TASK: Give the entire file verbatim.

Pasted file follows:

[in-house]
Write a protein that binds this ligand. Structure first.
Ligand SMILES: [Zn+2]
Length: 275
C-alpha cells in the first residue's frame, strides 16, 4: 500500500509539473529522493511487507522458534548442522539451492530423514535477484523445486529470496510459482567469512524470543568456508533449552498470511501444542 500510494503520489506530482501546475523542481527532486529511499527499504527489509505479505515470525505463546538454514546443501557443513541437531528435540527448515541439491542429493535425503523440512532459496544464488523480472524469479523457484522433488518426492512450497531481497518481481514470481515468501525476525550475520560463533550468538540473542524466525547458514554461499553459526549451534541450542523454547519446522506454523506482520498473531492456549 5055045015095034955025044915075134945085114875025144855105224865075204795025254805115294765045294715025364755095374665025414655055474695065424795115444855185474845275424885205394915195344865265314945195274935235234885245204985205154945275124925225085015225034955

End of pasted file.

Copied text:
[in-house]
Write a protein that binds this ligand. Structure first.
Ligand SMILES: [Zn+2]
Length: 275
C-alpha cells in the first residue's frame, strides 16, 4: 500500500509539473529522493511487507522458534548442522539451492530423514535477484523445486529470496510459482567469512524470543568456508533449552498470511501444542 500510494503520489506530482501546475523542481527532486529511499527499504527489509505479505515470525505463546538454514546443501557443513541437531528435540527448515541439491542429493535425503523440512532459496544464488523480472524469479523457484522433488518426492512450497531481497518481481514470481515468501525476525550475520560463533550468538540473542524466525547458514554461499553459526549451534541450542523454547519446522506454523506482520498473531492456549 5055045015095034955025044915075134945085114875025144855105224865075204795025254805115294765045294715025364755095374665025414655055474695065424795115444855185474845275424885205394915195344865265314945195274935235234885245204985205154945275124925225085015225034955